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Am I a Caregiver?

Who Is A Caregiver?

Caregivers are people that take on the responsibility of looking after those with health conditions. While there are many health conditions which people suffer from, CAL specifically supports caregivers of persons with mental health issues.

A caregiver to a person with mental health issues can be anyone. They may be close family members, extended family members, or friends. They can also be a caregiver no matter how much care they provide, from providing direct care on a daily basis as the primary caregiver to taking an interest in the well-being of the care recipient and in helping the main caregiver out at times as a secondary caregiver. Both primary and secondary caregivers play important roles in fostering a conducive environment for persons with mental health issues to recover or regain an ability to function.

Why Do Caregivers Need Support?

Caring for a loved one with mental health issues can be very challenging, especially when caregivers are not equipped with relevant skill sets and do not have a proper support network. Our Caregivers-to-Caregivers Training Programme (C2C) can provide that support. View our class schedule here.


Relationships with Loved Ones
The moods, thoughts, and behaviour of persons with mental health issues may be bewildering to their caregivers. Caregivers can witness bizarre actions, a lack of self-care, self-harming behaviour or even become the targets of aggression from persons whom they care deeply about. It can be traumatising. It is very difficult to acknowledge that someone you love is suffering mental anguish and that you are helpless in the face of it. Often, caregivers try to persuade their loved one not to do this or that, or seek to correct their behaviour – but end up quarrelling with their loved one or with each other over how best to handle the situation. However, reasoning, coaxing, and threats do not always work – and relationships can quickly deteriorate if caregivers do not seek help.

Fear of Stigma

It is easier at first for caregivers to believe that their loved ones have character issues like laziness and lack of self-discipline than to acknowledge that their loved ones have a mental health condition. After all, most people believe that values can be inculcated but mental health issues carries a heavy label which is often equated with stigma, shame, and debilitation. Since the root of stigma lies in ignorance and superstition, CAL encourages all caregivers to empower themselves and their families through knowledge about mental health issues. One means of this is to enrol in CAL’s training programmes. When caregivers understand that mental health issues are disorders which are medically treatable, they can let go of their fears and focus on learning how to improve the situation for their families.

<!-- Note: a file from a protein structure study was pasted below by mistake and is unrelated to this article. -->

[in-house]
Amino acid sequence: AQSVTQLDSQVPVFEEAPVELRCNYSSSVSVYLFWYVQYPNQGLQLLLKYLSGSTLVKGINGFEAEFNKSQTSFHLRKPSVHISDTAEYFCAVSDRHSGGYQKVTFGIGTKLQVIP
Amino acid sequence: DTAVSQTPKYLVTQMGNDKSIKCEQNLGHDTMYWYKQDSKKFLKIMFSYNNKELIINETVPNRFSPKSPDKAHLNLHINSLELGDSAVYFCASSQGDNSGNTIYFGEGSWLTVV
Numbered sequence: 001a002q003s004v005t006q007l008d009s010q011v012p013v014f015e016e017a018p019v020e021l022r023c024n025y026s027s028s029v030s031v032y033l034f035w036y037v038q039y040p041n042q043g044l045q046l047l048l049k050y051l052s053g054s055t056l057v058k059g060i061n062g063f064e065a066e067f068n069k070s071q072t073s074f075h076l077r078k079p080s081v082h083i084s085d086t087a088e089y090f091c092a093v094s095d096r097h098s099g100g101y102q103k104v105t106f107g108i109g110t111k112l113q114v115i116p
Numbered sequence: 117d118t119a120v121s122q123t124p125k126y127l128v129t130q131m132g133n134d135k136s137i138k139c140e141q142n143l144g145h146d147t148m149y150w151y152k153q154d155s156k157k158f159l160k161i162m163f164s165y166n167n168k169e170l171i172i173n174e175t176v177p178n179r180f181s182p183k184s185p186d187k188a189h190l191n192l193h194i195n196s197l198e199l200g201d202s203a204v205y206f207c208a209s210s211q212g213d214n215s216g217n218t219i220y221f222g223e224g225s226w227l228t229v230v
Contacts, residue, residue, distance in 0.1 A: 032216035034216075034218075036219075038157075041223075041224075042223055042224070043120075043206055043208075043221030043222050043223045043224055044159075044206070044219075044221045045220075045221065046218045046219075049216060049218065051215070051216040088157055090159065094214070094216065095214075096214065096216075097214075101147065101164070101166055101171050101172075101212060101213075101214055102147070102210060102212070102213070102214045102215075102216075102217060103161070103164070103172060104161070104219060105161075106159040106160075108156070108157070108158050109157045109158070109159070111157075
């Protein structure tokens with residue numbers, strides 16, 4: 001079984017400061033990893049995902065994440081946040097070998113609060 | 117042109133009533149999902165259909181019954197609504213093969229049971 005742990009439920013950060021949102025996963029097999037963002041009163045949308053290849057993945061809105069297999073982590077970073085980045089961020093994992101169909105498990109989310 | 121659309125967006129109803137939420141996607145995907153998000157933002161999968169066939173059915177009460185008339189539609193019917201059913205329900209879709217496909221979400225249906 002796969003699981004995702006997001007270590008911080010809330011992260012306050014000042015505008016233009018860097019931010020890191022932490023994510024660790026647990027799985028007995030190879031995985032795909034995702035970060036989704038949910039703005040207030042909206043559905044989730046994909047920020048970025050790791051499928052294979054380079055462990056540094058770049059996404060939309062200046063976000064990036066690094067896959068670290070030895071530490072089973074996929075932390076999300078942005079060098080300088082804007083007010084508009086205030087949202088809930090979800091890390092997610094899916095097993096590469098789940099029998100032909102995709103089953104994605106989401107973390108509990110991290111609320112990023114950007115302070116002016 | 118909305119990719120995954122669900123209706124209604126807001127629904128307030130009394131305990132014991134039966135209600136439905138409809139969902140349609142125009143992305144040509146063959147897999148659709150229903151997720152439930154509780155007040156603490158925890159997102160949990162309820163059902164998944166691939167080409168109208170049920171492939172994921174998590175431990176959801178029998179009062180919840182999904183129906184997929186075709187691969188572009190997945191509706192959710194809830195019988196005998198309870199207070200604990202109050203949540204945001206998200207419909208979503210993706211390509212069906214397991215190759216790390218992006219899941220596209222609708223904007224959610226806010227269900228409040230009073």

Grappling with Ambivalent Loss

Caregivers may feel a sense of loss over losing the loved one they knew before the mental health condition, and having to accept someone so different instead: the same person in appearance but no longer with the same attributes. This is the dilemma of ambivalence loss. Ambivalent loss is an exhausting, conflicted state in which a person feels unable to come to terms with a loss that is perceived rather than tangible. Nevertheless, emotional healing can take place when emotions are expressed in a non-judgemental atmosphere of supportive caregivers, which CAL is able to provide.

Coping with Intense Feelings

Providing care for someone with a mental health issue can at times be overwhelming and distressing. Feelings are complex and vary from person to person. Caregivers need to recognise what they are feeling and to understand why they feel the way they do, because feelings affect decision-making and behaviour. Talking to a counsellor about feelings deemed unacceptable such as grief, anger, resentment, and shame can help to resolve underlying issues. Counselling sessions can help us to understand ourselves better and view issues in perspective, which boosts our resilience in handling setbacks.


How Does CAL Help Caregivers?


CAL supports caregivers cope with their situation better and recognise that the challenging behaviour they face comes from the mental health issue, and not from their loved one.

Empowerment through Skills Building
CAL will help you learn about different symptoms of brain disorders, and how best to manage them. You will also learn the need to replenish yourself so that you can continue giving. You will understand the process of recovery better, and learn skills to mend relationships to reconnect with your loved ones.

Empowerment through Emotional Support
During adverse life events and challenges, it is always helpful when we can give voice to our emotional turmoil through individual coaching sessions. Talking it out with a counsellor or a trained staff can help vent toxic emotions, view things in a new perspective, and discover what steps to take to improve one's situation.

Empowerment through Peer Support
Through CAL's programme, we want to show you that there is hope. You do not have to feel so painfully lost and alone anymore. When you enrol in our programmes, you become a member of an alliance of diverse caregivers. CAL's Caregiver-to-Caregiver Training Programme (C2C) is uniquely structured like an educational cum support group. As you journey together with your cohort of C2C class participants for 12 sessions over 3 months, a sense of comradeship develops as you share your experiences and grow together.

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